Eurasian haplotype m phragmites australis (cav.) trin. ex steud., 1841 invasion in minnesota, usa: a baseline for further monitoring in the upper mississippi watershed
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Melchior, Paul; Weaver, Robbyn (2016). Eurasian haplotype m phragmites australis (cav.) trin. ex steud., 1841 invasion in minnesota, usa: a baseline for further monitoring in the upper mississippi watershed. BioInvasions Records 5 (2), 59-65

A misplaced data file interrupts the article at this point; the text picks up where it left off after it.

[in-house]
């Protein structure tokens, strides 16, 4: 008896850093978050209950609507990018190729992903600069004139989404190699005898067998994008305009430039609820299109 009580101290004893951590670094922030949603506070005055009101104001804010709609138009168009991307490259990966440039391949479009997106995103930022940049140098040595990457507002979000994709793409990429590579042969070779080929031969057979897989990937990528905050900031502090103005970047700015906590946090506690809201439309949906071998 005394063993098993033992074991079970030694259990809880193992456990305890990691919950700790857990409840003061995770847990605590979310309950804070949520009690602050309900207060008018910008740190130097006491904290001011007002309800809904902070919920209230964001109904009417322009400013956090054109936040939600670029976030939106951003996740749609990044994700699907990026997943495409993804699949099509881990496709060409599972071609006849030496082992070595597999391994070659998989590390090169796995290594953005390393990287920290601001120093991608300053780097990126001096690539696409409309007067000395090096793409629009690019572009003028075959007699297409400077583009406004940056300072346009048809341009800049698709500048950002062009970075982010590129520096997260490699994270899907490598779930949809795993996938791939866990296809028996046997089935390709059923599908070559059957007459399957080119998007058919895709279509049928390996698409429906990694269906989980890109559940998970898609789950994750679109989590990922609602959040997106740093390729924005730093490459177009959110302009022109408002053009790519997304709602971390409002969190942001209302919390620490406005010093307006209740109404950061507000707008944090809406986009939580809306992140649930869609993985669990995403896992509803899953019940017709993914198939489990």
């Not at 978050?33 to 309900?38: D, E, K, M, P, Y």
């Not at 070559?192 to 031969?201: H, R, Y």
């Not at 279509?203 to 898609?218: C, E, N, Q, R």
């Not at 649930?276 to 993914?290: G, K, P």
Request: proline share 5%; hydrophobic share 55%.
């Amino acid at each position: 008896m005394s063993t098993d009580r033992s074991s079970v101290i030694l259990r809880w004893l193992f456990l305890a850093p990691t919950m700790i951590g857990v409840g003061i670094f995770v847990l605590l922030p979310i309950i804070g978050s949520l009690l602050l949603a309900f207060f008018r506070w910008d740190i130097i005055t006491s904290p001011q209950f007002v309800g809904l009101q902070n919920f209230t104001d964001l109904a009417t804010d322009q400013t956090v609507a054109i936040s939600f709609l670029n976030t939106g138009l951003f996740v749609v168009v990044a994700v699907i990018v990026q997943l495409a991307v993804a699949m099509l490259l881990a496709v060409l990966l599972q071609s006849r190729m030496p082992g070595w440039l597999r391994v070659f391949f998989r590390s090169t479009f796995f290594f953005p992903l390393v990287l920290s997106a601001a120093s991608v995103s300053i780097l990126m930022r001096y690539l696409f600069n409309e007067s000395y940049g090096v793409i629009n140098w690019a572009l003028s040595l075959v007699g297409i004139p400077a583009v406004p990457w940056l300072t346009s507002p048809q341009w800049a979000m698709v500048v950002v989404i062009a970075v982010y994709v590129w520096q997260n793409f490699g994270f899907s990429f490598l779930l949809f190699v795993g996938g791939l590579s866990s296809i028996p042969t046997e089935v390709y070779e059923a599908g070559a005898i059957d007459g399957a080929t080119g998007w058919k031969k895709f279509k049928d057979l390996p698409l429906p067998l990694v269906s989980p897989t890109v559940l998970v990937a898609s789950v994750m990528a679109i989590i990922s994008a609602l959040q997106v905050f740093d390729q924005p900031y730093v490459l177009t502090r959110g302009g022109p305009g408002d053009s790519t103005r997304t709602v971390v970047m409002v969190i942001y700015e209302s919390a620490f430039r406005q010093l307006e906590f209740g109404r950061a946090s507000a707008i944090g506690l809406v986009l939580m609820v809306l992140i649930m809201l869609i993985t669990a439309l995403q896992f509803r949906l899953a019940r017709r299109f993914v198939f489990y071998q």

The cryptic invasion of North American aquatic ecosystems by non-native haplotypes of Phragmites australis (Cav.) Trin. ex Steud., 1841, has been well documented. Most research has focused on eastern Canada, and the eastern seaboard, St. Lawrence waterway, southwest (Utah), and Gulf coast regions of the United States. Less has been published on the extent of this invasion in the north central United States. In this report, 69 populations of Phragmites australis were identified and sampled within the Minnesota and Mississippi River corridors of Minnesota, as well as from roadway drainage ditches within the greater Minneapolis-St. Paul metropolitan region (MSP). Restriction fragment length polymorphism analysis and DNA sequencing were used to determine the cpDNA lineage of each population. All populations sampled within the river valleys were native North American haplotype E, as were most MSP populations. However, numerous isolated populations of Eurasian haplotype M Phragmites australis were identified along MSP transportation corridors. Nuclear microsatellites indicated that these M haplotype populations are not clonal. These results show that Eurasian haplotype M Phragmites australis has become established in at least one region of Minnesota, but has not yet widely invaded the riparian wetlands of Minnesota's two largest rivers. This provides a baseline for continued monitoring of the spread of this invasive plant.